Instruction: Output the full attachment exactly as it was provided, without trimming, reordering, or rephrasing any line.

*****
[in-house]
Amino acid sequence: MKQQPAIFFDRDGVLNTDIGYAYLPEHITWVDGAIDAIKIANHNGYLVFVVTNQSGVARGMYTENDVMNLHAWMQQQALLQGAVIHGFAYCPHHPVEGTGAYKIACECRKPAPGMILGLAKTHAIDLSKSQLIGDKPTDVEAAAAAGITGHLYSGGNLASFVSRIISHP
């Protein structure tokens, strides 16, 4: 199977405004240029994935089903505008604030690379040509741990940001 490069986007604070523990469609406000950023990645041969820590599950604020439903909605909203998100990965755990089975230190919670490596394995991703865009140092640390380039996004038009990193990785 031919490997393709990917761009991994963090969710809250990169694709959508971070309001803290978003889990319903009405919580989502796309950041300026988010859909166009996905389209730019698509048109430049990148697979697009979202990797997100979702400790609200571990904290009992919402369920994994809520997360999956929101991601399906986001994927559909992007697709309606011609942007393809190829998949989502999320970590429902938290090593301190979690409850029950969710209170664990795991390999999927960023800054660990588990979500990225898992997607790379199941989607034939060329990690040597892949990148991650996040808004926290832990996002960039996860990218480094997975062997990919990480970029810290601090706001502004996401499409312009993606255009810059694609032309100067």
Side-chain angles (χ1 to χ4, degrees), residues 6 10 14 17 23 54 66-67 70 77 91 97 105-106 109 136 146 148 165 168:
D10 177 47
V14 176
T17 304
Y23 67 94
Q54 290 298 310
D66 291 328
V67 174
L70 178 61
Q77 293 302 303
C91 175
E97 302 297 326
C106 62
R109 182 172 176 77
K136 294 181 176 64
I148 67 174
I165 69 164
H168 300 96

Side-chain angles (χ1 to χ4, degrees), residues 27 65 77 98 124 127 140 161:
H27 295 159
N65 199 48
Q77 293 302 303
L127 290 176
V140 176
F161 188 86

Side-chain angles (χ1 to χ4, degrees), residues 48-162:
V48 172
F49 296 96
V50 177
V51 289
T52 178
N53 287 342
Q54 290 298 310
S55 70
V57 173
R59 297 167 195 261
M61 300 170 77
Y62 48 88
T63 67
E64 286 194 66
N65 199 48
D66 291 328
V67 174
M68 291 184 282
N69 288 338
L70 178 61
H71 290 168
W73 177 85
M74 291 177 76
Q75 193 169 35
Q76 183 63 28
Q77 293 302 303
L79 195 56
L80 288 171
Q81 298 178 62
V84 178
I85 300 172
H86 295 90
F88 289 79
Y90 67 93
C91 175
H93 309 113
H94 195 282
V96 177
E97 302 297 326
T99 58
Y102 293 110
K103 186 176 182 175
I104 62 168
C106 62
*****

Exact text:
[in-house]
Amino acid sequence: MKQQPAIFFDRDGVLNTDIGYAYLPEHITWVDGAIDAIKIANHNGYLVFVVTNQSGVARGMYTENDVMNLHAWMQQQALLQGAVIHGFAYCPHHPVEGTGAYKIACECRKPAPGMILGLAKTHAIDLSKSQLIGDKPTDVEAAAAAGITGHLYSGGNLASFVSRIISHP
């Protein structure tokens, strides 16, 4: 199977405004240029994935089903505008604030690379040509741990940001 490069986007604070523990469609406000950023990645041969820590599950604020439903909605909203998100990965755990089975230190919670490596394995991703865009140092640390380039996004038009990193990785 031919490997393709990917761009991994963090969710809250990169694709959508971070309001803290978003889990319903009405919580989502796309950041300026988010859909166009996905389209730019698509048109430049990148697979697009979202990797997100979702400790609200571990904290009992919402369920994994809520997360999956929101991601399906986001994927559909992007697709309606011609942007393809190829998949989502999320970590429902938290090593301190979690409850029950969710209170664990795991390999999927960023800054660990588990979500990225898992997607790379199941989607034939060329990690040597892949990148991650996040808004926290832990996002960039996860990218480094997975062997990919990480970029810290601090706001502004996401499409312009993606255009810059694609032309100067």
Side-chain angles (χ1 to χ4, degrees), residues 6 10 14 17 23 54 66-67 70 77 91 97 105-106 109 136 146 148 165 168:
D10 177 47
V14 176
T17 304
Y23 67 94
Q54 290 298 310
D66 291 328
V67 174
L70 178 61
Q77 293 302 303
C91 175
E97 302 297 326
C106 62
R109 182 172 176 77
K136 294 181 176 64
I148 67 174
I165 69 164
H168 300 96

Side-chain angles (χ1 to χ4, degrees), residues 27 65 77 98 124 127 140 161:
H27 295 159
N65 199 48
Q77 293 302 303
L127 290 176
V140 176
F161 188 86

Side-chain angles (χ1 to χ4, degrees), residues 48-162:
V48 172
F49 296 96
V50 177
V51 289
T52 178
N53 287 342
Q54 290 298 310
S55 70
V57 173
R59 297 167 195 261
M61 300 170 77
Y62 48 88
T63 67
E64 286 194 66
N65 199 48
D66 291 328
V67 174
M68 291 184 282
N69 288 338
L70 178 61
H71 290 168
W73 177 85
M74 291 177 76
Q75 193 169 35
Q76 183 63 28
Q77 293 302 303
L79 195 56
L80 288 171
Q81 298 178 62
V84 178
I85 300 172
H86 295 90
F88 289 79
Y90 67 93
C91 175
H93 309 113
H94 195 282
V96 177
E97 302 297 326
T99 58
Y102 293 110
K103 186 176 182 175
I104 62 168
C106 62